Through large-scale production and mass transportation, the U.S. air forces in Europe had been built to high strength so that they could take severe losses and still defeat the enemy. From bases in Britain and from bases successively in North Africa and Italy, American bombers had struck at the heart of the German economy. Through large-scale air raids, like those on Ploesti, Romania, a decisive proportion of German oil refinery production was disabled. German planes and tanks faced severe fuel shortages. German fighter planes, beaten back by the British in 1940, were later cut down by the Americans’ heavily armed bombers and their long-range fighter escorts. Except for a short, sharp, and costly new campaign in the final month of 1944, German planes had ceased to be a serious threat. At the same time, to aid the ground troops, the U.S. fighter-bombers were taking to the air under perilous conditions over the Ardennes. German flying bombs (V-1s) and rocket bombs (V-2s) had continued to blast Britain until their installations were overrun in late March 1945, but they had no effect on ground operations or on air superiority as a whole.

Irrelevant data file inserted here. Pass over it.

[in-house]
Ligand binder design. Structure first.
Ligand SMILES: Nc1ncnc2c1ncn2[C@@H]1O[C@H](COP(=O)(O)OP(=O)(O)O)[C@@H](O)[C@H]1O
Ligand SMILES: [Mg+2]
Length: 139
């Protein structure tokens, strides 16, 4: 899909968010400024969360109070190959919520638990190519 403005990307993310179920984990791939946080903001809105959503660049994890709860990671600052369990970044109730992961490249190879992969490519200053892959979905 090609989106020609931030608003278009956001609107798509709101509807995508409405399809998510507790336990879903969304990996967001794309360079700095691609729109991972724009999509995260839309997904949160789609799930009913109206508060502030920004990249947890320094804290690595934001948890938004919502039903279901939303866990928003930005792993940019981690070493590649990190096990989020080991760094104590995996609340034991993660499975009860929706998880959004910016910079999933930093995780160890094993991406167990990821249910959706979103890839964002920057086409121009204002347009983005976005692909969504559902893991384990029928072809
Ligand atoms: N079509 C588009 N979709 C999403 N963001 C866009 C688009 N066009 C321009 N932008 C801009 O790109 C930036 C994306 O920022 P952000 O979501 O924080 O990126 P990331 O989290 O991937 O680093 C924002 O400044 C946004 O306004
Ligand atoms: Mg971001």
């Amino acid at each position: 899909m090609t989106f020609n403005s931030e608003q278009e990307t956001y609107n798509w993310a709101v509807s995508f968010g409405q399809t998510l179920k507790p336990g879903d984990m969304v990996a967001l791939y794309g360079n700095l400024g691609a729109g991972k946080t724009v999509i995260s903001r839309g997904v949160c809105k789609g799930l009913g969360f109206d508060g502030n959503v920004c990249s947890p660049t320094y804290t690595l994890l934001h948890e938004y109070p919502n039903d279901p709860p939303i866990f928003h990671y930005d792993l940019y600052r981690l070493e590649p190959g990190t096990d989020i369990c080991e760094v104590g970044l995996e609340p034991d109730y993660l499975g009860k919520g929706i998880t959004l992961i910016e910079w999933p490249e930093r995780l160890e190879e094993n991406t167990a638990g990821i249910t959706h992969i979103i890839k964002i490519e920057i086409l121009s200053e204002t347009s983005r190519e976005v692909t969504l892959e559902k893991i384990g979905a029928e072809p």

Above: Rhine River Bridge Collapsed
In February 1945 the American armies struck out into the Palatinate and swept the German forces across the Rhine. The enemy forces destroyed bridges as they crossed-all but one. On 7 March an advanced armored unit of the U.S. First Army approached the great railway bridge at Remagen, downstream from Koblenz, found it intact, dashed over it, tore the fuses from demolition charges, and drove local Germans back. Troops were hustled over the bridge for several days before it collapsed from damage, but by then pontoon bridges were in place.
Above: German soldiers captured in Ruhr pocket near Gummersbach, Germany